China should have created a Covid vaccine years before the pandemic started, a leading infectious disease expert has claimed.
Researchers in Wuhan, the city where the outbreak began, had samples of a very similar coronavirus called RaTG13, which sickened a group of miners in 2012.
Virologist Professor Gustavo Palacios said this effectively meant an opportunity to protect the world from Covid had gone to waste.
Speaking at a meeting in Geneva, Switzerland, on how to combat pathogens which pose a risk to the world, he said: ‘Information collected before the pandemic wasn’t used to control Covid.’
RaTG13 ‘could have been very well used’ to experiment on how to make a vaccine against similar coronaviruses, he added.
Experts say Chinese researchers could have made a Covid vaccine early using a very similar virus held within the walls of the Wuhan Institute of Virology. Security personnel keep watch outside the WIV during a visit by the WHO in 2021
Virologist Shi Zheng-li – nicknamed the ‘Bat Lady’ – is pictured in the lab. She hunted down dozens of deadly Covid-like viruses in bat caves and studied them at the WIV
Virologist, Professor Gustavo Palacios, said the fact that scientists at Wuhan had access to a virus called RaTG13, which is very similar to Covid, meant they could have developed an earlier vaccine
Such tests would ‘probably’ have led to a vaccine that, Professor Palacios claimed, ‘would have been grossly protective against Covid’.
‘We knew a plague of viruses was there and circulating,’ he added, according to the Daily Telegraph.
‘We didn’t take any action to use that information to prepare but the information was there.’
Professor Palacios, an expert in infectious disease from the Icahn School of Medicine at Mount Sinai in New York, was speaking at the Pathogen Project conference.
Vaccines weren’t rolled out in the Western world until December 2020, nine months after the the pandemic was officially declared.
Although this was a record feat in scientific terms, the wait saw millions ultimately die from a lack of an effective way to protect them from a hugely-infectious virus.
RaTG13 is a 96.2 per cent match for SARS-CoV-2, the coronavirus that causes Covid — making it the closest genetic relative.
It was found in samples collected from the surrounds of an abandoned copper mine near the town of Tonggua, in the southwest of China, in 2013.
Samples were collected after miners who had been tasked to clear bat faeces from the cave became ill with a severe respiratory disease, one of whom died. They were kept at the Wuhan Institute of Virology, suspected to have carried out controversial gain-of-function studies on similar pathogens in the run-up to the pandemic.
Critics of the technique warn it poses a massive risk to humans, if the pathogens ever escape.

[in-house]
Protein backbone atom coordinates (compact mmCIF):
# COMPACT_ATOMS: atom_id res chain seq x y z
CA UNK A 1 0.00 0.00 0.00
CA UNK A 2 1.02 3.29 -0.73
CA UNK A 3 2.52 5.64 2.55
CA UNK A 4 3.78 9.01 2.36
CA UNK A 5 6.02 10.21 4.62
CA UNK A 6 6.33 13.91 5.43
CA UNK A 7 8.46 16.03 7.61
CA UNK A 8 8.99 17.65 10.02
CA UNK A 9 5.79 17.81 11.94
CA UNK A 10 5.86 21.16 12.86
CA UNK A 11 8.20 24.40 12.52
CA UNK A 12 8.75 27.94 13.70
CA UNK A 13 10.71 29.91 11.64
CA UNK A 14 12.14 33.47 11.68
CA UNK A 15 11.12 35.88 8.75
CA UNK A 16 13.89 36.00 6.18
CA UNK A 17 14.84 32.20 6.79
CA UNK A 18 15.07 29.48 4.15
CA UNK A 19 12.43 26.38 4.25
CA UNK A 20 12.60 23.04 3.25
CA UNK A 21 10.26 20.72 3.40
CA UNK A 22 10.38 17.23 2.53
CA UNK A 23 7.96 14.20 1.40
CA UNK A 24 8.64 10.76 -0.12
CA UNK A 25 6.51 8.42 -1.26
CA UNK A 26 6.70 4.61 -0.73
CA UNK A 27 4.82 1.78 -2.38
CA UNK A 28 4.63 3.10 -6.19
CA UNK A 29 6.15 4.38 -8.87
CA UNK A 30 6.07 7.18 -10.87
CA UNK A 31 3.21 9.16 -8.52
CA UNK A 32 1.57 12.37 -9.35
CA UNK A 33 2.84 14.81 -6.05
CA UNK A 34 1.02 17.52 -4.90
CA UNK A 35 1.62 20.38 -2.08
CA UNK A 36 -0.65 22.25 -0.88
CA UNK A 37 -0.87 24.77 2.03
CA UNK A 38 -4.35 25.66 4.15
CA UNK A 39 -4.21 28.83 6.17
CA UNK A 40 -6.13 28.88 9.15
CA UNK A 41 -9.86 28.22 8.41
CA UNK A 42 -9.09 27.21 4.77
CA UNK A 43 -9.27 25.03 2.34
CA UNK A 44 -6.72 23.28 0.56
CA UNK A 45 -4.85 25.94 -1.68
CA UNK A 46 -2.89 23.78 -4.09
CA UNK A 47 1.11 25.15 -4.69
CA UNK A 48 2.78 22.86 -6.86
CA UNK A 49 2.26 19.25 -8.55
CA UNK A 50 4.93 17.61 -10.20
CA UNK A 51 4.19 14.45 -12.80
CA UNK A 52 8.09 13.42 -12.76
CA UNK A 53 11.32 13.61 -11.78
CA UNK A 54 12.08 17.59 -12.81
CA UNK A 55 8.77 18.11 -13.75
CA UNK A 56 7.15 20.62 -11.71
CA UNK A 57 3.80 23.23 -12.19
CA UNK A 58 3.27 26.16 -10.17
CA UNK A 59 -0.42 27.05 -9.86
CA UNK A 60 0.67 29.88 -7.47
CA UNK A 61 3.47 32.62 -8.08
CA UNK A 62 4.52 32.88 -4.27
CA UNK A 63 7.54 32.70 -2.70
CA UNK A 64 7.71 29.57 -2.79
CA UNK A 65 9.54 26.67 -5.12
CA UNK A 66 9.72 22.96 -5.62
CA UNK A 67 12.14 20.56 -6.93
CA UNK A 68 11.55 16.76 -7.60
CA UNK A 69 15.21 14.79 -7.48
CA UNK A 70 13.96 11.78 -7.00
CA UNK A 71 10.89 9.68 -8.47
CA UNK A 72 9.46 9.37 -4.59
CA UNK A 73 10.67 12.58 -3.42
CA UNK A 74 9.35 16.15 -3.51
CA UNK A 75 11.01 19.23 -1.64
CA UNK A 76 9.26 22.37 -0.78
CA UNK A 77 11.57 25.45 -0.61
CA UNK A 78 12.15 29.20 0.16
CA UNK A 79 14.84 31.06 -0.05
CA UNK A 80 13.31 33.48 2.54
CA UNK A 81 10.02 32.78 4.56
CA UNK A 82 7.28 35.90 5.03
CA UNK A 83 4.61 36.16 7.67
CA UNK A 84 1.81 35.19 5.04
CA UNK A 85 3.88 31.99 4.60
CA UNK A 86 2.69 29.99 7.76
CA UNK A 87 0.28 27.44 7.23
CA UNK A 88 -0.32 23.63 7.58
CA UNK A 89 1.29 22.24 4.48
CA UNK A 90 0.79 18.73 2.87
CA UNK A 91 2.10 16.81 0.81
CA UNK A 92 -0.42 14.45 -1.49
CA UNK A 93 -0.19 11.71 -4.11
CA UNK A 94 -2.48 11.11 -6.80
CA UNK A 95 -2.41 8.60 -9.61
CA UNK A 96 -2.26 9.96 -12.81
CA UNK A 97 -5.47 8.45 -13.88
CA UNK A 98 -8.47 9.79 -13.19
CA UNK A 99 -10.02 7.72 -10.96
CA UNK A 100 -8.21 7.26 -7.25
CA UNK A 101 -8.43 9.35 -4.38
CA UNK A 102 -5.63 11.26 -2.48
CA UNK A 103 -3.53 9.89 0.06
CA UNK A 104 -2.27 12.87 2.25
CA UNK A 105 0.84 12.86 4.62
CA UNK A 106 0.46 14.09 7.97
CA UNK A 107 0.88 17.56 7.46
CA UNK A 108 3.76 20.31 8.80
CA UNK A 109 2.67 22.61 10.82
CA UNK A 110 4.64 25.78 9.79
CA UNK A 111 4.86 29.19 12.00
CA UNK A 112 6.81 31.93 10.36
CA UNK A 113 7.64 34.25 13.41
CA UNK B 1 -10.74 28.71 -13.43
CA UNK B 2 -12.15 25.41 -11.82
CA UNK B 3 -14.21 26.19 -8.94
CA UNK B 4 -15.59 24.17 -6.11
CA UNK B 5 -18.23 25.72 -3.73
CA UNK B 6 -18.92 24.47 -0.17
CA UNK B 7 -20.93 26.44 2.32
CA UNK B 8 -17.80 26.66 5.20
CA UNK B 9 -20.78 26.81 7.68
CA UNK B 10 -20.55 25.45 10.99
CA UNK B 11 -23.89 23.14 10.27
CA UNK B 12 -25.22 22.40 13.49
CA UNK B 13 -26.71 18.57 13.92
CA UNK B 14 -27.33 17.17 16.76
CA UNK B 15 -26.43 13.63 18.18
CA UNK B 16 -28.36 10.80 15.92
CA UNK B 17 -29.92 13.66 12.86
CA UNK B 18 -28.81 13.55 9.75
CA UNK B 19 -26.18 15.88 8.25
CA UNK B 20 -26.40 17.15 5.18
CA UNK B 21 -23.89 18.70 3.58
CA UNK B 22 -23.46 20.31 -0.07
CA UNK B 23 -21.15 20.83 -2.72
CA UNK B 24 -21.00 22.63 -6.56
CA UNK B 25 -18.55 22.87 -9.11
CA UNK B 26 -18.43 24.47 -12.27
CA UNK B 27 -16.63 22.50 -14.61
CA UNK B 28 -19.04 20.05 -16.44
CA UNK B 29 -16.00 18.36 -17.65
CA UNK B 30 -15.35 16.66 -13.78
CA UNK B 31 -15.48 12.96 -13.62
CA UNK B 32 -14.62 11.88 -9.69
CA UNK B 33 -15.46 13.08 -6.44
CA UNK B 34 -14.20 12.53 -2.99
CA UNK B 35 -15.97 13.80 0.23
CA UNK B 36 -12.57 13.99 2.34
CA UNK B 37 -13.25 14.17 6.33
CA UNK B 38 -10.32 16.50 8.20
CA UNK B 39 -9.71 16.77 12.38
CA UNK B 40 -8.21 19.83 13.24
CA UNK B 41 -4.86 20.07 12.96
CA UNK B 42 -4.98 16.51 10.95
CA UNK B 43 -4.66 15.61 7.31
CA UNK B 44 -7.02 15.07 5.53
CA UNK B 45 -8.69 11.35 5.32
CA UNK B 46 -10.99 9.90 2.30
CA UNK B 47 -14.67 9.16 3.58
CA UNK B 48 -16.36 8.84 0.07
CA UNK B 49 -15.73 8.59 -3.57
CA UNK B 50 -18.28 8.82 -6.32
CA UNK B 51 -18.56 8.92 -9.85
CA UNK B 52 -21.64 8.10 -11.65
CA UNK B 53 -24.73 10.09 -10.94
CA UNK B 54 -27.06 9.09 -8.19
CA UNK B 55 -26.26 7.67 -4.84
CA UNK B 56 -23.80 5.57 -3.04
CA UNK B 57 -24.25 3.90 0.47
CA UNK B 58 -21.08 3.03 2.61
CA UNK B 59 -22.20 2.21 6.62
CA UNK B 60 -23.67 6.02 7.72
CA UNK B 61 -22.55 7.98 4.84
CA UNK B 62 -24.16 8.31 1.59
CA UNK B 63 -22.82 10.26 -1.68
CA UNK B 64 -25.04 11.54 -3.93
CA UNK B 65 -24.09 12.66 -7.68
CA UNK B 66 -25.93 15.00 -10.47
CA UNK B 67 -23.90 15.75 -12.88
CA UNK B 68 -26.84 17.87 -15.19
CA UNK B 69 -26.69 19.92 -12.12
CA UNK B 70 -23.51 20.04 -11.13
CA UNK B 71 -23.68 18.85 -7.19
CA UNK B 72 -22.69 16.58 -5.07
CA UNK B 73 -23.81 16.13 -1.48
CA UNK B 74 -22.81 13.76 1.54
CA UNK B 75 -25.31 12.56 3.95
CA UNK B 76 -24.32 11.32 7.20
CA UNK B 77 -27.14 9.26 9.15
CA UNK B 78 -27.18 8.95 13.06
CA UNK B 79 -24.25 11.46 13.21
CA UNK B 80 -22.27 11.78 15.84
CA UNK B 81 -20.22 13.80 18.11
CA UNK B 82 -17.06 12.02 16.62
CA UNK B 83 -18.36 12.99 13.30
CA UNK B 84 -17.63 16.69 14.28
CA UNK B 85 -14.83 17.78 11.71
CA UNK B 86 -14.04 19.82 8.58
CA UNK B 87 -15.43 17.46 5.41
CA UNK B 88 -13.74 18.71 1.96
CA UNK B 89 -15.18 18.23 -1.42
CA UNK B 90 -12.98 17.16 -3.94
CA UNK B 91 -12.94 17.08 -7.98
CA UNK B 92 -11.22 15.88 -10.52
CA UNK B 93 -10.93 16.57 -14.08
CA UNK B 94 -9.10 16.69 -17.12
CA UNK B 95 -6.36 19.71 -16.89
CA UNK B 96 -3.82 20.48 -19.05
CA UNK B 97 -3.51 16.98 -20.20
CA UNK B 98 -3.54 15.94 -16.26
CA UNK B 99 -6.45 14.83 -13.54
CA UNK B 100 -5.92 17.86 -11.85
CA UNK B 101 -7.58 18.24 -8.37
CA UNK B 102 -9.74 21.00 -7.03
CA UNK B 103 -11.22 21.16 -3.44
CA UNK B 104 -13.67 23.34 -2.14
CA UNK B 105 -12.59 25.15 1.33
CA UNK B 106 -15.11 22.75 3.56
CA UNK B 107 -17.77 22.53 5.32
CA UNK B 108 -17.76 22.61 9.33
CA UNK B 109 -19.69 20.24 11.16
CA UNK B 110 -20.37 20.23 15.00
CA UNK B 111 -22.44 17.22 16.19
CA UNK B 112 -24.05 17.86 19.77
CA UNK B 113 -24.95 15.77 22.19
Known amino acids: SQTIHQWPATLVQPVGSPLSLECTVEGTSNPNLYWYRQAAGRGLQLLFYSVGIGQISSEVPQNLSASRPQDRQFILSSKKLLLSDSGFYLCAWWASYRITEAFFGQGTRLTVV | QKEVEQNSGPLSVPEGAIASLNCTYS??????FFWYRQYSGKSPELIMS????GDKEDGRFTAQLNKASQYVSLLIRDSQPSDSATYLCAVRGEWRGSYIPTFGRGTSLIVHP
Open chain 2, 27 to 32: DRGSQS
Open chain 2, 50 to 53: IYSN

RaTG13’s existence at the secretive site is one reason why scientists have questioned Beijing’s official version of events and suggested Covid could have leaked from the lab and into society.
China has itself repeatedly insisted the pandemic started naturally, pointing to a nearby wet market, where live animals are bought and sold, as the potential source.
Professor Palacios’ comments come after an explosive US Senate report suggested that Chinese researchers started working on a Covid jab in mid-November 2019.
This is over a month before Beijing officially alerted the World Health Organization to a mysterious flu-like outbreak in Wuhan.
It adds to the huge pile of evidence that suggests President Xi Jinping’s communist regime attempted to cover up the early stages of the pandemic.
Other Covid origin theories point to Huanan Seafood Wholesale Market in Wuhan (pictured) as being the epicentre of the outbreak. Many of the earliest cases in December 2019 and January 2020 had visited the site, where live animals were sold
The question of whether the global outbreak began with a spillover from wildlife sold at the market or leaked out of the Wuhan lab just eight miles across the Yangtze River has given rise to fierce debate. Some studies point to a natural spillover at the Huanan wildlife market. Positive swab samples of floors, cages and counters also track the virus back to stalls in the southwestern corner of the market (bottom left), where animals with the potential to harbour Covid were sold for meat or fur at the time (bottom right)
The report also concludes the pandemic most likely came from a lab leak, and was the result of a ‘research-related incident’ in Wuhan.
It even suggests there may have been two unintentional spill-over events just weeks apart.
The document, which was released to US news website Axios, is the full version of a 35-page summary published in October by the Senate Health, Education, Labour and Pensions Committee.